The proliferation of open access publishing models in academic publication provides researchers and the academic community with opportunities to share and access academic information faster and more flexibly than before. Finnish institutions of higher education and research institutes are currently negotiating with academic publishers to enable the efficient use of open publication methods. “Our goal is to simultaneously ensure that the overall costs of academic publication do not increase,” states Mikael Laakso, assistant professor at the Hanken School of Economics and member of the strategy group for the negotiations.
The Ministry of Education and Culture has stated as its goal that Finland will become one of the leading countries in the openness of science and research by 2017. “To reach this goal, we must rapidly transition from subscription-based licensing agreements towards new, open access publishing models,” says Laakso.
Overlapping expenses must be minimised
Currently, institutions of higher education and research institutes pay for academic publications through subscription fees. In an open access model, the author or the author’s organisation pays for the publication of an article. The overall expenses of publication must be examined, as particularly large publishers currently favour hybrid publication, in which a researcher whose article has been accepted for publication in a subscription-based journal can pay a separate publication fee to make his or her article open access. It is important for researchers to publish in journals which are esteemed by the academic community, even if making the article open access requires a separate fee. This model of article fees, however, generates overlapping expenses, unless the publisher correspondingly lowers the subscription fees for the journals in question.
The National Library’s FinELib consortium, which represents institutions of higher education and research institutes in the negotiations, has insisted that the hybrid model, which involves both subscriptions and article fees, be considered an interim solution on the way to full open access publishing. During this transition period it is essential that overlapping expenses from the new open access model and the old subscription model are minimised.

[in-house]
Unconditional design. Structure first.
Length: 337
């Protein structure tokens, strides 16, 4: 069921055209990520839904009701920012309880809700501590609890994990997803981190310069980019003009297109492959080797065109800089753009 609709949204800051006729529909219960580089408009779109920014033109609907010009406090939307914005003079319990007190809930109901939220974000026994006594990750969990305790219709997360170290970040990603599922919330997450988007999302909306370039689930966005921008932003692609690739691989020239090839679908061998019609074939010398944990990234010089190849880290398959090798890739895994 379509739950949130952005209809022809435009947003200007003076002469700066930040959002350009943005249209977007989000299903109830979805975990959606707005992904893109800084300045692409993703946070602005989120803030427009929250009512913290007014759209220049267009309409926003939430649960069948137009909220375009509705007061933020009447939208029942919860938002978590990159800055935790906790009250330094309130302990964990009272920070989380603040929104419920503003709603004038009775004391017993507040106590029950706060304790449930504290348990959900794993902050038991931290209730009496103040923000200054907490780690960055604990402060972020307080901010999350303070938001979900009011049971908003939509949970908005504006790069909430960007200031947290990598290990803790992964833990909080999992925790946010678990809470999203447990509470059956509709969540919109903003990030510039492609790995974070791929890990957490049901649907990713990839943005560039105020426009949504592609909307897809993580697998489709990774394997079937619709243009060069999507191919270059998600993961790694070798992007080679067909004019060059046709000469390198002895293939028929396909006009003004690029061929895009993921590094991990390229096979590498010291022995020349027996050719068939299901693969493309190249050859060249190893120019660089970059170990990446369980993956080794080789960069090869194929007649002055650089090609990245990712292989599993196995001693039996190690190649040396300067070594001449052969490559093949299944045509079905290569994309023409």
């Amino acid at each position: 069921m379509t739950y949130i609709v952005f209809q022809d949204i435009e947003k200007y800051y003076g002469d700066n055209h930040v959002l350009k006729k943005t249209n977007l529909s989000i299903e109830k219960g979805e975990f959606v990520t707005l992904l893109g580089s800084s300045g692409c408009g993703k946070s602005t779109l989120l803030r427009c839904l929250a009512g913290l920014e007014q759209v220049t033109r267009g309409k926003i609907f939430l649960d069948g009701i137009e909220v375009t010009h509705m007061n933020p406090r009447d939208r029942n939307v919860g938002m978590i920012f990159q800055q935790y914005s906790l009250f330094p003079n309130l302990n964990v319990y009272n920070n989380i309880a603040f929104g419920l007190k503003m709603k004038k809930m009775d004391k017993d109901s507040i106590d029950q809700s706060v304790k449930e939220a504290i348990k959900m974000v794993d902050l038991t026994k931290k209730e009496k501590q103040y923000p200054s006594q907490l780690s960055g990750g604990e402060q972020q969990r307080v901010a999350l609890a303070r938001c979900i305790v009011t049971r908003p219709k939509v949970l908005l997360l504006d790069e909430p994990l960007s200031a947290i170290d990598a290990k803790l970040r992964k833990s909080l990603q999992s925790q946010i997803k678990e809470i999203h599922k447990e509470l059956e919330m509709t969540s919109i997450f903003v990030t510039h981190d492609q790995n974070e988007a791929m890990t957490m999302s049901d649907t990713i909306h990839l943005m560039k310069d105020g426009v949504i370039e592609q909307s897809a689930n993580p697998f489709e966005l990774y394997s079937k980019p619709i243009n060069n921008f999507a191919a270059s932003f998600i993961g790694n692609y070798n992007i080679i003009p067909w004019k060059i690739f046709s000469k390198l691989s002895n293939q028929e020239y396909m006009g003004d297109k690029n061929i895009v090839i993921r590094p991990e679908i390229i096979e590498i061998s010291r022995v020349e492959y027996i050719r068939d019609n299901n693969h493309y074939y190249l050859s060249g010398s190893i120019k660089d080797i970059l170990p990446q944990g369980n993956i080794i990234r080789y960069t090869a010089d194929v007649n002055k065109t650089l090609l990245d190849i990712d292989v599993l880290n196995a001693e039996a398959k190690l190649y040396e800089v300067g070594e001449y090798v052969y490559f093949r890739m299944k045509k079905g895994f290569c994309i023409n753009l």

Aiming for a contract with integrated support for open access publishing
The subscription fees for academic journals represent an annual expense of about €23 million for institutions of higher education and research institutes. The exact costs of open access publishing are unknown as they are not monitored in Finland on a national level. However, according to estimates from the project Tieteen avoin julkaiseminen (Open Publication of Science in Finland), in 2014 Finnish universities paid at least €1 million to publish open access articles, and these expenses are on the rise.
Open access models which would be both financially sustainable and easy for researchers are currently also being sought internationally. At the moment, several international campaigns promoting open access are underway, including the Christmas is over campaign organised by the League of European Research Universities and undersigned by several Finnish institutions of higher education. Dutch universities, for example, have been able to negotiate package deals with the major publishers Springer and Wiley which facilitate open access publishing.
Libraries to support open access
Researchers can find support for open access publishing from the library of their organisation as well as the many open access resources online, such as:
Open Access (Helsinki University Library)
Open Access instructions in Finnish (University of Eastern Finland)
Vice-Rector Keijo Hämäläinen, University of Helsinki, chair of the strategy group for the contract negotiations, tel. 029 415 0640, firstname.lastname@example.org
Assistant Professor Mikael Laakso, Hanken School of Economics, member of the strategy group for the contract negotiations, tel. 050 9100 864, email@example.com